You don't have to be a Google Apps customer to use Chrome for Business, but if you are running Google Apps for Business or Education then the Chrome for Business option is already enabled for your domain(s).

Options

This article is the first of three and will focus on option #1 above: installing the Chrome browser and configuring options using Group Policies for Active Directory. The next two articles will cover options #2 and options #3, so please stay tuned for their release if you are interested in either scenario.

The first two articles are based upon the deployment of Chrome in a Windows environment, but Mac and Linux users aren't left out in the cold. Instructions for pushing Chrome settings to Macs using MCX can be found here. A similar page for Linux systems using JSON files is here. Disclosure: I have not tested either set of functions myself as I presently manage Windows systems, however further articles devoted to these topics, as well as customized predefined Chrome extensions for users, may also be forthcoming.

If you're thinking about options #1 or #2, you may be wondering "Do I need to roll out the new Chrome installation package to users who already have it installed?" Not necessarily. Any existing Chrome versions can be configured using the policies you set up, so long as these machines are on your Windows domain. Non-domain computers (e.g. home systems which employees connect to your organization with over a VPN) will not receive these settings, and so option #2 may work better for those computers.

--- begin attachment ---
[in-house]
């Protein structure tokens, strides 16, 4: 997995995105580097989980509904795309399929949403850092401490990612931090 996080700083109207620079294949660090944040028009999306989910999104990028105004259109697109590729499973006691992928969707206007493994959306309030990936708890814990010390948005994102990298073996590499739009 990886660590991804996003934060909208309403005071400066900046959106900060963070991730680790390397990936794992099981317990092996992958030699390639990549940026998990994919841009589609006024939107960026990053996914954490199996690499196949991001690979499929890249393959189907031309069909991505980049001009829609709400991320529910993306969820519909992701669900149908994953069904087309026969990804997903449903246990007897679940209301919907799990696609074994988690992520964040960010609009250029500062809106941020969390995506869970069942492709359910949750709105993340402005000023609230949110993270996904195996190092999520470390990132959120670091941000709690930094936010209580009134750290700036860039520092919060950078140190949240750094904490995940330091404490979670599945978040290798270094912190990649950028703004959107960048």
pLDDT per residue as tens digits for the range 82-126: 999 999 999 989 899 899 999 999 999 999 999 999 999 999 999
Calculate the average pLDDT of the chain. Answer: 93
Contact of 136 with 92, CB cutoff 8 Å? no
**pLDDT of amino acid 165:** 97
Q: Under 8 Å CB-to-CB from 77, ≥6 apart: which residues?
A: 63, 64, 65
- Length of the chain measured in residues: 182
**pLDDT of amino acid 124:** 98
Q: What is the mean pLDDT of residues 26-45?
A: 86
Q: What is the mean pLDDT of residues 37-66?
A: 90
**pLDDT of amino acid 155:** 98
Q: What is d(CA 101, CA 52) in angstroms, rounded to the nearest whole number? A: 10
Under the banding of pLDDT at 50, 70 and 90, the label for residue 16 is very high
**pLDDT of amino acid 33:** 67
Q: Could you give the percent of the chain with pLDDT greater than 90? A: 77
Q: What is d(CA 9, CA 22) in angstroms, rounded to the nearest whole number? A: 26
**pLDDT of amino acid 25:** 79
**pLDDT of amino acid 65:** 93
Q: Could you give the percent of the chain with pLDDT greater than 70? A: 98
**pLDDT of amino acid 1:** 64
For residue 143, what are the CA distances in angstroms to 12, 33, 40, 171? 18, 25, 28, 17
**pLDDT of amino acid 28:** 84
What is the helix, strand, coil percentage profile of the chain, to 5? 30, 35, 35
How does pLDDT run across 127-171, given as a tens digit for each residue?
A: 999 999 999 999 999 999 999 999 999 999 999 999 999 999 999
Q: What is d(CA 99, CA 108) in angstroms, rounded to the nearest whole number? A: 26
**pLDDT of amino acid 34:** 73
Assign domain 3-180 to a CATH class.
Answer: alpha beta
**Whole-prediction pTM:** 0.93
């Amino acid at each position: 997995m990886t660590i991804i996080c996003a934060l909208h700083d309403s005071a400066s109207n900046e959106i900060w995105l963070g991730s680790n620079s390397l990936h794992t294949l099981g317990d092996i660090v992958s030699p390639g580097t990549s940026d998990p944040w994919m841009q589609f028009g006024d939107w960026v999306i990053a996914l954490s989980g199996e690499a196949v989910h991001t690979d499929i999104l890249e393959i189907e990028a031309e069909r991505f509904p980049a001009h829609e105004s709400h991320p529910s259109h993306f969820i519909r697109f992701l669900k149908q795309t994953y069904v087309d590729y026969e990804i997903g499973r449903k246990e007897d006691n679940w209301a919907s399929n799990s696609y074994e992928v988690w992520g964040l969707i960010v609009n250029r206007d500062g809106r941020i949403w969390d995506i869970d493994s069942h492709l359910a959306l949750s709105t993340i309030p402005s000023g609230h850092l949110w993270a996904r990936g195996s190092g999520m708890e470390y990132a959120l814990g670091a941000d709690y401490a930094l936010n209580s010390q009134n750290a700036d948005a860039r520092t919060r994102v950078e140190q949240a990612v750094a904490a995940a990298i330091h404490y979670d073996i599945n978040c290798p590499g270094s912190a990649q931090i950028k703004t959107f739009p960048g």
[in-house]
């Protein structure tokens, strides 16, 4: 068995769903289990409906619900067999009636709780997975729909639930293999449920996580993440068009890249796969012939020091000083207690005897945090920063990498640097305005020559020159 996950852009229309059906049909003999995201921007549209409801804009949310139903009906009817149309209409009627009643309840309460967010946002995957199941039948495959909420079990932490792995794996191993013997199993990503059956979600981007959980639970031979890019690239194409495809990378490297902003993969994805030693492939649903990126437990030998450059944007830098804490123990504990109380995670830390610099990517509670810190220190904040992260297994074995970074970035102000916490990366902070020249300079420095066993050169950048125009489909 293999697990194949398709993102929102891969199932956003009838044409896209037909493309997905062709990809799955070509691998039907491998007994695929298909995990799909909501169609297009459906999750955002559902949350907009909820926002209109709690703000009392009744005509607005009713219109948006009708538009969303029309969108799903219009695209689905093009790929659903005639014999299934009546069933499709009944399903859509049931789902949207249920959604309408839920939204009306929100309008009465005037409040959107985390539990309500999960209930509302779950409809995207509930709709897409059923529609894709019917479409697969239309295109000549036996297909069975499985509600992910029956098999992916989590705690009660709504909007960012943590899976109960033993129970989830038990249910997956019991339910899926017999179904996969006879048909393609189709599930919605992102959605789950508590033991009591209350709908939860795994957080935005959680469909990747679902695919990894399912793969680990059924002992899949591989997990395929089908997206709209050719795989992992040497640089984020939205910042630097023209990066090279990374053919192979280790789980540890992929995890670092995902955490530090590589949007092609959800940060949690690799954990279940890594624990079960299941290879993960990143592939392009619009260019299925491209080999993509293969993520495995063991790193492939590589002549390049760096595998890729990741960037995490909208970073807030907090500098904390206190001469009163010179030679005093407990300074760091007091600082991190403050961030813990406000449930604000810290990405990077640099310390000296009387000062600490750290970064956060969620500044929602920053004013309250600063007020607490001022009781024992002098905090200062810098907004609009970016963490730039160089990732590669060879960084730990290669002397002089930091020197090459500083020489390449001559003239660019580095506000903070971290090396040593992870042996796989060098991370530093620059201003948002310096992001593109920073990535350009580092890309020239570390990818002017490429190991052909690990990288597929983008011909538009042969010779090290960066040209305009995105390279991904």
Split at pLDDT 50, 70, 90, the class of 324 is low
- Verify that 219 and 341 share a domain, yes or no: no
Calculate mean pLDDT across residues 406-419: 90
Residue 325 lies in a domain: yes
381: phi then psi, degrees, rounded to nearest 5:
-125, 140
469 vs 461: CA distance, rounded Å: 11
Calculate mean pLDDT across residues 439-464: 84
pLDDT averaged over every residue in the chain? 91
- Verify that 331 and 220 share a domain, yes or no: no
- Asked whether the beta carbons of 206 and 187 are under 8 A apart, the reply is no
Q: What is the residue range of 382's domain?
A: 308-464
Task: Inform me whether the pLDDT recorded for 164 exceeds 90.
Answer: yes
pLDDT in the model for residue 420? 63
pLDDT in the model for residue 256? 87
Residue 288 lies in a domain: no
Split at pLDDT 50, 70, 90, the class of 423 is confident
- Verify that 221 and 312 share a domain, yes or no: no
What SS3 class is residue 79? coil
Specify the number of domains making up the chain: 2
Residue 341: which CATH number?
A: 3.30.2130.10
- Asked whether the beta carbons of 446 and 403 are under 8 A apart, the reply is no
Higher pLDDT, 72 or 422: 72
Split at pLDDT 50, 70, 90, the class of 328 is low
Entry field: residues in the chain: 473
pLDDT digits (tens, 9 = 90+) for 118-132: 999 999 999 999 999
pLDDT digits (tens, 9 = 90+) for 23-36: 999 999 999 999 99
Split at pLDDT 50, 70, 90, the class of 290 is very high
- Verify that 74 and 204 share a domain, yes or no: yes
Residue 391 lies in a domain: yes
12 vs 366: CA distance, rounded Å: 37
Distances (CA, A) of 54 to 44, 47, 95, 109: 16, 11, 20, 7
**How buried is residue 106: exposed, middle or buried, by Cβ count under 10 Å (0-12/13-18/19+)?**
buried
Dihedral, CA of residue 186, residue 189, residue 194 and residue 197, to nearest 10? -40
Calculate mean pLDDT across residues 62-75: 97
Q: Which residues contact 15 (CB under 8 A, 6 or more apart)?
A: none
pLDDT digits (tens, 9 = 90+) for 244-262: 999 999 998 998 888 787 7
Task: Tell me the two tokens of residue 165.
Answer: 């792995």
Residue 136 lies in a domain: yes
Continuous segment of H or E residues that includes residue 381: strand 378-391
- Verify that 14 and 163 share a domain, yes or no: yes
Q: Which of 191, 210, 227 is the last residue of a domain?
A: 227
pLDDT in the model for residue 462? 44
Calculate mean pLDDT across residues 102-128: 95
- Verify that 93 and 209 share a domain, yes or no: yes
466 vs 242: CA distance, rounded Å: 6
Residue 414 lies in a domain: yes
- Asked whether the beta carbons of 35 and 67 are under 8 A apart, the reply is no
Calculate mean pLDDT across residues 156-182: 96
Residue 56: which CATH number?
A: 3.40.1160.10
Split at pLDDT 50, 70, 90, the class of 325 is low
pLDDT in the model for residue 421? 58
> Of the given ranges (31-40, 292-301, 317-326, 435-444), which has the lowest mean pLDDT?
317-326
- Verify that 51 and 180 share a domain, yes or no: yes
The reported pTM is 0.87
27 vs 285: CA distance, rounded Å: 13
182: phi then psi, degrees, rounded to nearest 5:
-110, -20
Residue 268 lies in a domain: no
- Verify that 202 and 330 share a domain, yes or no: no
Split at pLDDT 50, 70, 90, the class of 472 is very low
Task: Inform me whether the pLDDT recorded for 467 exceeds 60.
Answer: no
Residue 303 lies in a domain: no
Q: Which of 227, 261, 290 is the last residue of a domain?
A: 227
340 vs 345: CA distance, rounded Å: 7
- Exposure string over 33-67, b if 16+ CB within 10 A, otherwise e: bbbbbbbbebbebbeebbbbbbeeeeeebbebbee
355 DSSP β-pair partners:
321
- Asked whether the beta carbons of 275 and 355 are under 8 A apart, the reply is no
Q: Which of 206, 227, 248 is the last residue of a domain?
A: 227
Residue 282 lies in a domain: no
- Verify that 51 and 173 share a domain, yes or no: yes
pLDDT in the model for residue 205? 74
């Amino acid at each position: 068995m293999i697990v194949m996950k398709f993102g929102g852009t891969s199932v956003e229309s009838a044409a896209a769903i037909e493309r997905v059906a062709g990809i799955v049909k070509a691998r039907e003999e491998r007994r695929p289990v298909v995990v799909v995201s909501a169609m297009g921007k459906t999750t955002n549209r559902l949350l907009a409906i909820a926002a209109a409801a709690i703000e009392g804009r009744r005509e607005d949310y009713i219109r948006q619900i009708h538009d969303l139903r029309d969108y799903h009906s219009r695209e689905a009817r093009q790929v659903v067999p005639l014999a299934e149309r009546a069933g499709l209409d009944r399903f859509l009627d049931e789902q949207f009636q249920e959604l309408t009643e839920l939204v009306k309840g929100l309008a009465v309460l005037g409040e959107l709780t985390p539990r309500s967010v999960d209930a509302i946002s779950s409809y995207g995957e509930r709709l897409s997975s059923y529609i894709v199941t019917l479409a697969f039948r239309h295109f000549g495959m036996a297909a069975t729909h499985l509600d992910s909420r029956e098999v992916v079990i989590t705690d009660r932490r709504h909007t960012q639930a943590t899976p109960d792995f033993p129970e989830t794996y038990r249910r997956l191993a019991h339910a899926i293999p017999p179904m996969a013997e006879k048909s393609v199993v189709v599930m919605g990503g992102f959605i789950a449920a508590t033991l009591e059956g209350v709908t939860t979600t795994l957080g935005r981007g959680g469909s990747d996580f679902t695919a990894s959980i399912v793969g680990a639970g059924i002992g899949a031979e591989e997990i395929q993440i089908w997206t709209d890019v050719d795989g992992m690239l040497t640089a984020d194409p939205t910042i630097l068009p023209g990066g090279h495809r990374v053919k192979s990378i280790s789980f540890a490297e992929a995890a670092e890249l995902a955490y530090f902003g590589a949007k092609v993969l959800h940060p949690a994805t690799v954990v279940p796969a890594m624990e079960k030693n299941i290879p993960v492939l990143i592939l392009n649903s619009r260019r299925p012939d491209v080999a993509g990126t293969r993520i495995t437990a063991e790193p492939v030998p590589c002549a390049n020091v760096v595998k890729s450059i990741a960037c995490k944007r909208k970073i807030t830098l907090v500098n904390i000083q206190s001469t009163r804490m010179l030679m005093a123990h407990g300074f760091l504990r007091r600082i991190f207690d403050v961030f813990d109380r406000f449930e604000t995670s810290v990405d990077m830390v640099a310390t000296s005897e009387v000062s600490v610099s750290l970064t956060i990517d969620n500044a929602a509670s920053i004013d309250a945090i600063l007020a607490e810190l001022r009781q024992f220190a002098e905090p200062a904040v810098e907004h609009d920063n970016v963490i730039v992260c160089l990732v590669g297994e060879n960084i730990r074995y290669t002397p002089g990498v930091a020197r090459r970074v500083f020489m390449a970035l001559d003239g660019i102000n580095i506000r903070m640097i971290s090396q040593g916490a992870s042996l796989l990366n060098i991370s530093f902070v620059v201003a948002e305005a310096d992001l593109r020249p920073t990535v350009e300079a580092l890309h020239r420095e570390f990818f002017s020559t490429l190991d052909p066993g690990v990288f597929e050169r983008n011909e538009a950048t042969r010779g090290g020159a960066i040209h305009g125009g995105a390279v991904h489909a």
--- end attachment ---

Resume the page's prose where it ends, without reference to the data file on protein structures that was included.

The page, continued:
However, if you go with option #2, any preferences you set up will not apply to existing Chrome installations, so I recommend a removal then official re-install of Chrome if you go that route.

As always, before you plan to implement Chrome for Business you must thoroughly test all aspects in a lab or development environment to be certain how these changes will impact users and systems.

Download the Chrome for Business installation file

Access the Chrome for Business page for administrators. (Figure A)

Figure A

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Click "Download Chrome MSI." The following box will appear. (Figure B)

Figure B